One ancient, troubled, warswept city, host to all three Middle Eastern religions, has come to contain touchstones for Jews, Mohammad, and Christians alike. And its stones would become a Wall, a Dome, and a Temple in a place that has delineated not just the wholeness of peace – but the oneness of violence – as no single city ever has…

friday the thirteenth
Once this gyre, the first stirrings of Political Terrorism, began to swirl it would gain mass and grow in size, drawing in all American designs for the Middle East…

boondock salfists
And then, being a devout Muslim, after apologetically turning her away from your door and then watching her fall flat on her face in the ship’s plush hallway you’d probably think to yourself , “Hey look – it’s a drunk hooker…”


 

part II – illusions and immigrants
Pouncing on Murad the officers quickly restrained him, but not with handcuffs as most police would use. With clothesline – they’d all forgotten their handcuffs back at the station…

burning bright
And as incongruous as it seems, understanding the deaths caused by terrorist cells is not a matter of understanding their hate for the society around them. It’s a matter of understanding the love they have for each other…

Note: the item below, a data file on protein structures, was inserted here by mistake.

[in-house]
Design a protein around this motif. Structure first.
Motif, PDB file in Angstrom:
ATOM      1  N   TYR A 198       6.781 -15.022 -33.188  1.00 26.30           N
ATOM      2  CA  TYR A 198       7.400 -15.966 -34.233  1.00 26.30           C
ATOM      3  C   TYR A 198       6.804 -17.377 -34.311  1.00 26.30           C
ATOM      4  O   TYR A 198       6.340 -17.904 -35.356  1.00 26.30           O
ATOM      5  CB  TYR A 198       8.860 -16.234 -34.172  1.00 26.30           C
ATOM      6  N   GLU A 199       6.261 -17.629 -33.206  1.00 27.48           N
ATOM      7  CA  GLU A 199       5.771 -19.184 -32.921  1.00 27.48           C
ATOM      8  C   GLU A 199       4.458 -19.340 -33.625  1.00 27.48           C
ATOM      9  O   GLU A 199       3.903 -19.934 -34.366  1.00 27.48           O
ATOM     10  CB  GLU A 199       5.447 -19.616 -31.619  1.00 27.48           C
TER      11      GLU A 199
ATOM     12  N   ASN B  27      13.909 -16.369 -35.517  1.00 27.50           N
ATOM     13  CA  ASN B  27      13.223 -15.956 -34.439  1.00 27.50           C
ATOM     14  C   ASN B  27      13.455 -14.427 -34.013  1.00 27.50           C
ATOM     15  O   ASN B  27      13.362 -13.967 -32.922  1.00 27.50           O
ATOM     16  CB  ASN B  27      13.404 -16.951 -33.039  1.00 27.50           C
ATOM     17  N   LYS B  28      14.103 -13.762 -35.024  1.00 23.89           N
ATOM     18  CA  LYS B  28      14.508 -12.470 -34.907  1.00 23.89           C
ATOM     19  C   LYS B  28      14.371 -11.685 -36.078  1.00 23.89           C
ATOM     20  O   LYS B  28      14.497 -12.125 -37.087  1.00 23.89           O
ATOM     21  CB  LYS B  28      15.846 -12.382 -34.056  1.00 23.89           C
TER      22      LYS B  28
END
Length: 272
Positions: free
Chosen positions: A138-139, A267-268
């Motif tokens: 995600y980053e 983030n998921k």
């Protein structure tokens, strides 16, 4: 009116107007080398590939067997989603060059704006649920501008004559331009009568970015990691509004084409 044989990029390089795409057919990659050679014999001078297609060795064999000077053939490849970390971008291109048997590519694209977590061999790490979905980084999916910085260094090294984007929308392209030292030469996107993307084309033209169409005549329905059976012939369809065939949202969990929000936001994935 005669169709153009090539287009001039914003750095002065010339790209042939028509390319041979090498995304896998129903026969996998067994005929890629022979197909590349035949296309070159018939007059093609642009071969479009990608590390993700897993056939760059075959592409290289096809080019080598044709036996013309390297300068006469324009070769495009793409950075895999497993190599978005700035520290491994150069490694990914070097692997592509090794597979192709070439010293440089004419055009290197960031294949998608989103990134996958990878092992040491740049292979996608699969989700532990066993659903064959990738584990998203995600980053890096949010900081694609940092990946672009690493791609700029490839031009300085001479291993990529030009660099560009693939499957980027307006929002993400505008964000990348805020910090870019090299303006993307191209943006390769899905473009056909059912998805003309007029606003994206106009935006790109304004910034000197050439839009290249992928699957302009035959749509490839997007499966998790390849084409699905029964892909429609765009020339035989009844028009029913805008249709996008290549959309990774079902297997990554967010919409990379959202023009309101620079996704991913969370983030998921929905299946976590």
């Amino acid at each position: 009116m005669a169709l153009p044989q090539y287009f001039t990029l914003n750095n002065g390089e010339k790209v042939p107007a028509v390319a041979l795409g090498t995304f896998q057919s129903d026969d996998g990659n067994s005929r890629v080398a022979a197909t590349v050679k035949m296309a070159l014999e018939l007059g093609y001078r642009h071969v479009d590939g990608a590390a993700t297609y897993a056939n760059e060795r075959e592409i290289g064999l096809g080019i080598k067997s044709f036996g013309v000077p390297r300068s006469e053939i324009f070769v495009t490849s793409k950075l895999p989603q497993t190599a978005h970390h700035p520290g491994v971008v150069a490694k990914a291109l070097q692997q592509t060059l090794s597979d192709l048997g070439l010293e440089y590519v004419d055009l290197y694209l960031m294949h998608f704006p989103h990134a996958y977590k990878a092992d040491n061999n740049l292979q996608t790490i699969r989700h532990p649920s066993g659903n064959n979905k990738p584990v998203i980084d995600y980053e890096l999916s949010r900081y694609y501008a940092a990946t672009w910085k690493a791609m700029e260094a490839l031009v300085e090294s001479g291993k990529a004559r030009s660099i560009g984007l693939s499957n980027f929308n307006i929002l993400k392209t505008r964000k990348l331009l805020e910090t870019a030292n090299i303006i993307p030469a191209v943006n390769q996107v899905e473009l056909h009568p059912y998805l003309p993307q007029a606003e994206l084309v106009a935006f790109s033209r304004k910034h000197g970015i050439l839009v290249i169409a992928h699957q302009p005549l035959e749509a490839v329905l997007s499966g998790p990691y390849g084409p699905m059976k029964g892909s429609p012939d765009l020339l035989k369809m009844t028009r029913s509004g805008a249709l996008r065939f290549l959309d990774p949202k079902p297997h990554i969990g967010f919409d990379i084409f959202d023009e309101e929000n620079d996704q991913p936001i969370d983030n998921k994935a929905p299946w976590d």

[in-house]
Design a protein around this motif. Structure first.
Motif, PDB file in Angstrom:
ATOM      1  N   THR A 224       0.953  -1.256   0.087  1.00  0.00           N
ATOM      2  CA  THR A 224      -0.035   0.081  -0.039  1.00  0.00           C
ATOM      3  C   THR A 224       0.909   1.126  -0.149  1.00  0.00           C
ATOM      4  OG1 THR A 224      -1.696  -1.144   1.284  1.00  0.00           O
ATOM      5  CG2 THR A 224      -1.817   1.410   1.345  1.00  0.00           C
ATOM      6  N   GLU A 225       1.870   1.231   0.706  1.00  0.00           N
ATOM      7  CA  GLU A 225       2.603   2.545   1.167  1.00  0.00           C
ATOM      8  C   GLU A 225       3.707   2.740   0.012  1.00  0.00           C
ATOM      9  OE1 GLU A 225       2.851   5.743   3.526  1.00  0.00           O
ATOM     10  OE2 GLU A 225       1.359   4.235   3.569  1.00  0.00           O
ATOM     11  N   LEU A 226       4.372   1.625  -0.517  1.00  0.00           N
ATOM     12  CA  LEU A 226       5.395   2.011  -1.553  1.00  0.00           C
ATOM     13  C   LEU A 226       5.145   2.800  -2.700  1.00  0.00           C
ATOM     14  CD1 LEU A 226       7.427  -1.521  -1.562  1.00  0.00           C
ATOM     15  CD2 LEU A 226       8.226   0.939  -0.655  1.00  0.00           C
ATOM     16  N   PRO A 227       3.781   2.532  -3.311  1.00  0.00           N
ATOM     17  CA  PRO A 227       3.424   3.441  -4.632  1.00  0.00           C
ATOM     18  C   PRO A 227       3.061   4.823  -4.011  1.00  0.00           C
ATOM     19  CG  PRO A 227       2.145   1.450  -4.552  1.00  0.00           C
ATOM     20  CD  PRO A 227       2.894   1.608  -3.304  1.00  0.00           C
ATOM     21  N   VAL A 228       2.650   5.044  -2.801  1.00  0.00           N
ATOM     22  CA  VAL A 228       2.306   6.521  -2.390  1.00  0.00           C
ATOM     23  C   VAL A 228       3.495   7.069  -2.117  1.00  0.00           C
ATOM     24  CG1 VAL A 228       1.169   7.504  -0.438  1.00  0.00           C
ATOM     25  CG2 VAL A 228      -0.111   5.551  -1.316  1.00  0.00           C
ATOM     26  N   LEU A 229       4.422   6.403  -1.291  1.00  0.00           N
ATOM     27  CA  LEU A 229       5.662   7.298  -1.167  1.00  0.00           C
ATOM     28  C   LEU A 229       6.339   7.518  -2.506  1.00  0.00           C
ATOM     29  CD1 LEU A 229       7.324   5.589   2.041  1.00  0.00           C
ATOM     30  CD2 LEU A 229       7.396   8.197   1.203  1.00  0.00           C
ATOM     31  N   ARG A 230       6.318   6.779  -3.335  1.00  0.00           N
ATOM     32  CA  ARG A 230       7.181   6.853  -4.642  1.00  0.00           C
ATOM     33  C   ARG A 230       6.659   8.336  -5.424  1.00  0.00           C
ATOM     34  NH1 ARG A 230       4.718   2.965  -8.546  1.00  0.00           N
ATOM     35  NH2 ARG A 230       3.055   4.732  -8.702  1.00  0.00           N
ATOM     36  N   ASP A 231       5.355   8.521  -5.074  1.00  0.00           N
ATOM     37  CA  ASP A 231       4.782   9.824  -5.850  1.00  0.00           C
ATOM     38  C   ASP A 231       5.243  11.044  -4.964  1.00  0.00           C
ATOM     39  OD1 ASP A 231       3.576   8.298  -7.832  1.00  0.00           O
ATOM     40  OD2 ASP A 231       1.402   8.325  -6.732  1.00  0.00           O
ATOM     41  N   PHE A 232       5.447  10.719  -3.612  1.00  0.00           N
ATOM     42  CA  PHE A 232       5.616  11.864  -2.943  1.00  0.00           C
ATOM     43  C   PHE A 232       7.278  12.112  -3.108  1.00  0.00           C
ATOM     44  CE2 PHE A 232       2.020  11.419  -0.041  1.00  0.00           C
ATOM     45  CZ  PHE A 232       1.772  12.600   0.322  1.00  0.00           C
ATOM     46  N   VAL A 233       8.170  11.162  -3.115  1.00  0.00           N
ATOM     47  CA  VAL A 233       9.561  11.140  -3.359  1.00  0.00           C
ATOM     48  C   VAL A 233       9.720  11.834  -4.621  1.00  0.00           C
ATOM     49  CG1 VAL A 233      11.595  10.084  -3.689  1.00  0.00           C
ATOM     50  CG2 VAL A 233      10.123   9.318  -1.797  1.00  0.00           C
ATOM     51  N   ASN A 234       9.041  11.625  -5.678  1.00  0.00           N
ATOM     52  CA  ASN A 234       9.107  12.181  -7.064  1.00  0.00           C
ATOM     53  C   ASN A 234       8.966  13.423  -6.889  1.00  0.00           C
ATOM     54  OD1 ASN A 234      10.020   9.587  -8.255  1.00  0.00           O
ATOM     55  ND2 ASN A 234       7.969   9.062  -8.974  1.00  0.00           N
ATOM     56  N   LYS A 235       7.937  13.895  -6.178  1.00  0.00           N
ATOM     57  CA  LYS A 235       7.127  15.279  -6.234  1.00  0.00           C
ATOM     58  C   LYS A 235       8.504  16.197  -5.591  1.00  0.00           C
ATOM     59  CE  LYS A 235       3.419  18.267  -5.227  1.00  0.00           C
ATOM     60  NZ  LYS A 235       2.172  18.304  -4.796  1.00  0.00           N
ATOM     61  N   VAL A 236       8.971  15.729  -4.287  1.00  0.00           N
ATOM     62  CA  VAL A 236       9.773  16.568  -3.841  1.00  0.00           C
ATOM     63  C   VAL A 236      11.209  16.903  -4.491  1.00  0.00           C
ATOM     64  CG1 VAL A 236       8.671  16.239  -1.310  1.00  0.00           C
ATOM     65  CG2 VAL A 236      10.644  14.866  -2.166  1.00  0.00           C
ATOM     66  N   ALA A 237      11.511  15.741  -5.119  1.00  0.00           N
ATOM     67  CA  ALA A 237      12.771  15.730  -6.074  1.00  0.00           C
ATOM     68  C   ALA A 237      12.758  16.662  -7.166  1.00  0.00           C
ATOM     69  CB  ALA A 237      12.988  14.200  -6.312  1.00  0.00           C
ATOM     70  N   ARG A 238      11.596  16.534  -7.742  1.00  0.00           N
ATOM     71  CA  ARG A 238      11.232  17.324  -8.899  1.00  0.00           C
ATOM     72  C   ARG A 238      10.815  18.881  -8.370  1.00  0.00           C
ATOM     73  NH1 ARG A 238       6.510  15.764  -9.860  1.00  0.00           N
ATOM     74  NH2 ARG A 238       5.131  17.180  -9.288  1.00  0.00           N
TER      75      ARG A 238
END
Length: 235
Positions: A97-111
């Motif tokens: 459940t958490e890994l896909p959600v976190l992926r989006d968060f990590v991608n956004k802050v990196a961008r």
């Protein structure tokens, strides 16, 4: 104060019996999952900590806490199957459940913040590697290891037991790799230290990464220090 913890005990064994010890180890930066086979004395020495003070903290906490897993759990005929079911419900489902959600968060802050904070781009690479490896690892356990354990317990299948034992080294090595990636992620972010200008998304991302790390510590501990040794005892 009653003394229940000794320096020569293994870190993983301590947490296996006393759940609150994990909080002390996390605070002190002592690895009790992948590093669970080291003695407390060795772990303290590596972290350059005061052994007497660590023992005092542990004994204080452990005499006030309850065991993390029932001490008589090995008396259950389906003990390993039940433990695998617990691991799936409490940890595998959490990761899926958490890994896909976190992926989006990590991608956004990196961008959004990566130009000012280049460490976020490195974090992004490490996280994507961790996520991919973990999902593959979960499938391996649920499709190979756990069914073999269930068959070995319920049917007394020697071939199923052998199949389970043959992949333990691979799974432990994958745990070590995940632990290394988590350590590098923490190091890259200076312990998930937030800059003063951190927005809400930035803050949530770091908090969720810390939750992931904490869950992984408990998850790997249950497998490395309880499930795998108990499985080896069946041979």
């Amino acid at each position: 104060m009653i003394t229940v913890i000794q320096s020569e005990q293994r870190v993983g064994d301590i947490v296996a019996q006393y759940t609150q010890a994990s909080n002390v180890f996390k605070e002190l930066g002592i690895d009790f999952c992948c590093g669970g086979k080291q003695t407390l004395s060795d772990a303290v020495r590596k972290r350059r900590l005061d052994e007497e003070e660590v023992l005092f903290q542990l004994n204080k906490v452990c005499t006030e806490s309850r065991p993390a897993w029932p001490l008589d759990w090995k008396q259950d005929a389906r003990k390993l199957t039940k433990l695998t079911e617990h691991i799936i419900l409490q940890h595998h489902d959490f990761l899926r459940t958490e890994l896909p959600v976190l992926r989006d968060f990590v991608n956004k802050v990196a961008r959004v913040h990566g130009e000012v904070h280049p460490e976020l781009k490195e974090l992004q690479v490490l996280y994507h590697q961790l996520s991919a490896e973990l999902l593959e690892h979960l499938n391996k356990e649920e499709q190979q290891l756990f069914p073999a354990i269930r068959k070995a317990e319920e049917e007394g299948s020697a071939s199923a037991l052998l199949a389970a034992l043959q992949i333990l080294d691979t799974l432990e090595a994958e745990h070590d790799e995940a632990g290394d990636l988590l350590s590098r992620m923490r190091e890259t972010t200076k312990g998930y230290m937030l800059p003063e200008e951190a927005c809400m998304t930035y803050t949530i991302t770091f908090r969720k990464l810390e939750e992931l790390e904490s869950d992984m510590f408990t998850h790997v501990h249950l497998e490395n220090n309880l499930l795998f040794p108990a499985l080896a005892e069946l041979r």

pipe and dagger
But now, with the mass media creating a shared public eye that takes in much more than any one person on a sunlit street, and institutions and society complex and interwoven to an extent far beyond those more ancient times, death often weaves a much more complex web…

progaganda by deed
In simpler parlance: violent acts are necessary to first free the People from their manacling to false social assumptions both in terms of what is possible and what is Right. Violence opens their minds to new revolutionary ideas…

the frontline is everywhere
Robert Stethem’s body slapped against the pebbled macadam of Beirut’s International Airport as the engines of TWA Flight 847 were brought to a whirring stop by the dark Mediterranean air…

stabling lions
The caricature of an Arab terrorist – swarthy, sandy turban, clutching an AK-47, and possibly ululating on camelback riding to slay the infidel – proved both terrifyingly salient and dramatically inaccurate in the 1990′s and early 21st century…

to boil a frog
If you were to take the preceding passage for reality, you might stroll around a downtown European city swiveling your head – just waiting for a brown man to pop out from behind a Peugeot, yelling at you to ask where all the European women are at…